What Are Attachment Disorders in Children?
When you’re concerned that your child is not building trusting relationships, it is important to see a therapist. Even adults who have unresolved trauma from their childhood can have trouble forming close, healthy relationships as well.
A child may have what are attachment disorder issues if they experienced maltreatment from a parent, had a caregiver with mental health problems during pregnancy or post-partum, spent time in an institution like an orphanage, or was removed from their parents due to parental imprisonment, drug abuse, or domestic violence. They may also have a hard time forming connections with their adoptive parents or other family members.
Understanding Attachment Disorders: A Comprehensive Guide
Children with disorganized attachment disorder have difficulty developing close bonds because they are unable to communicate how they feel or show signs of empathy. Their behavior is often irritable and aggressive, with a lack of control over emotions. They might also have mood swings, which can be triggered by anxiety or depression.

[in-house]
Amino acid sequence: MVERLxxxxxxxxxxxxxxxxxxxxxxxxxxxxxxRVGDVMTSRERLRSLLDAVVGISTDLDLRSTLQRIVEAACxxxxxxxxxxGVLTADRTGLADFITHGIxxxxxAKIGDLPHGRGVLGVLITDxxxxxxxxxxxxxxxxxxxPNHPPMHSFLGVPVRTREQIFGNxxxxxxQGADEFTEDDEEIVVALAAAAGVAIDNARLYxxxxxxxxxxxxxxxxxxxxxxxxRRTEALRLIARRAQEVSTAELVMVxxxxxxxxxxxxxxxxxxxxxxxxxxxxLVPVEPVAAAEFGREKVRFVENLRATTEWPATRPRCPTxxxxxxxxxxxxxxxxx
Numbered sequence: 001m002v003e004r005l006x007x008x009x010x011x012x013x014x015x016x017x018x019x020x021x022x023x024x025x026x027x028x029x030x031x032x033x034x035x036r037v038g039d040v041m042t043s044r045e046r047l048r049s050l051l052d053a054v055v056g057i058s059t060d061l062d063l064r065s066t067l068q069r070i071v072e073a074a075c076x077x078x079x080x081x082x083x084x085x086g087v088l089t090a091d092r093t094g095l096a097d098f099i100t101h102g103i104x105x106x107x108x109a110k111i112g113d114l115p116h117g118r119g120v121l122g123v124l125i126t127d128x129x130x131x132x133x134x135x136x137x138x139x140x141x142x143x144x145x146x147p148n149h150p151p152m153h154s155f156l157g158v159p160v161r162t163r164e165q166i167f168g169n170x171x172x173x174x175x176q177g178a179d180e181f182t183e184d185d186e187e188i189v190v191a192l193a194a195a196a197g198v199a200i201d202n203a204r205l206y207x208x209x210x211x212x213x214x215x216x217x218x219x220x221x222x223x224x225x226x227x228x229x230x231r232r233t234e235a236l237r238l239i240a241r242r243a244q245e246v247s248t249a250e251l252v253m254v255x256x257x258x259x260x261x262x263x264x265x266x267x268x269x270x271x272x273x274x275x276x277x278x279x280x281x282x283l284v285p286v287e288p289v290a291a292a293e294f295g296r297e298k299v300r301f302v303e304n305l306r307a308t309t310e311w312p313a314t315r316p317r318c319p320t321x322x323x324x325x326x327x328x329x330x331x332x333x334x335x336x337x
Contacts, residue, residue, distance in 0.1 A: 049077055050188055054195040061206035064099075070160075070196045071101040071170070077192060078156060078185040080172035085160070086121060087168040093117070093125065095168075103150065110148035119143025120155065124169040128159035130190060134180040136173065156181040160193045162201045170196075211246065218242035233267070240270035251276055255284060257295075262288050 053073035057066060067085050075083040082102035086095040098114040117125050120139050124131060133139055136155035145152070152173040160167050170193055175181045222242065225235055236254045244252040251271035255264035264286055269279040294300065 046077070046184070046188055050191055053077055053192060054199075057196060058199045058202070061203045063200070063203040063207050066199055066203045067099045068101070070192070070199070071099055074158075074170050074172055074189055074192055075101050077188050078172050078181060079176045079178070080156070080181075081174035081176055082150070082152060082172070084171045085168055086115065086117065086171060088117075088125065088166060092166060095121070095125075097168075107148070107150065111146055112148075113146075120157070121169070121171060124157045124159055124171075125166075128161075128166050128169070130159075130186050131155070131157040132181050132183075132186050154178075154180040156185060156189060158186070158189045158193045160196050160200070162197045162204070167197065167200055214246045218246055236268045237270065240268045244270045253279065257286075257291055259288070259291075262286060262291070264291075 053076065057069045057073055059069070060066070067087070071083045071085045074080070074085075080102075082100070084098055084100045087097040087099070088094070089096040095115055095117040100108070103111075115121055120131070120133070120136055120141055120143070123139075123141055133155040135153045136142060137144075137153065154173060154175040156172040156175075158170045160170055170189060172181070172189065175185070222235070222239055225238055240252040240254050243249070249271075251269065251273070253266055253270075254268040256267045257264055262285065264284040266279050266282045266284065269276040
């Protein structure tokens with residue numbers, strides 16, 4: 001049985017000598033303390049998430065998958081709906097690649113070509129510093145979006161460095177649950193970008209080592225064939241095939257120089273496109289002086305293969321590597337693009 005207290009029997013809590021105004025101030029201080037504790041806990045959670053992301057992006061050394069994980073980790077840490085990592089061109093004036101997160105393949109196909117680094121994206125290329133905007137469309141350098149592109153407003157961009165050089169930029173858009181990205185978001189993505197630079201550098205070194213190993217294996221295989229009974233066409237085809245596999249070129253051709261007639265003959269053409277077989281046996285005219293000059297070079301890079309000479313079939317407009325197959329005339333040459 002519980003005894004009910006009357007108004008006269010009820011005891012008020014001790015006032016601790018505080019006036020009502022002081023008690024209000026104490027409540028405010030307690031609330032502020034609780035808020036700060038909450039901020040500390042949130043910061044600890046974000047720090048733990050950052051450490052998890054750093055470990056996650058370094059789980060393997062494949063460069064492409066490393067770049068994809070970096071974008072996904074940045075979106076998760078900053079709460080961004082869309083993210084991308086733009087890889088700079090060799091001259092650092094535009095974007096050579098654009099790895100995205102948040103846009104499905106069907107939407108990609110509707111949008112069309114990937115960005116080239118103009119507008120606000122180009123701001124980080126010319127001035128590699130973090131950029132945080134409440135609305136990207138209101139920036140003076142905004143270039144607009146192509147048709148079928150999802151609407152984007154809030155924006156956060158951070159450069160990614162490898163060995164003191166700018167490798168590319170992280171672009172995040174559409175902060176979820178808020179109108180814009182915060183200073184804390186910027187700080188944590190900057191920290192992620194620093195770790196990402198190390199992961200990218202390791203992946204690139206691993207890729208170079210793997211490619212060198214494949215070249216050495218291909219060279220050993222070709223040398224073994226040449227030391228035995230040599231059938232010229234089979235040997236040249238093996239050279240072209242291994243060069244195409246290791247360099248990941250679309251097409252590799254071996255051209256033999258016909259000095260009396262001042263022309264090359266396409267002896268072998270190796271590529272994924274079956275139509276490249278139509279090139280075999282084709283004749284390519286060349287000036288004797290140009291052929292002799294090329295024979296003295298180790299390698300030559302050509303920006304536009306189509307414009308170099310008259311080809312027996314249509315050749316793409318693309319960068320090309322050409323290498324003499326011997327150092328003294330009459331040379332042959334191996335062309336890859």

Children with insecure attachment have a tough time trusting others and are highly distressed when their caregivers leave them. They might also be clingy with other people and act overly familiar with strangers. A child who has insecure-avoidant attachment may be ambivalent about closeness, exhibiting fearful or angry behaviors when comfort is offered.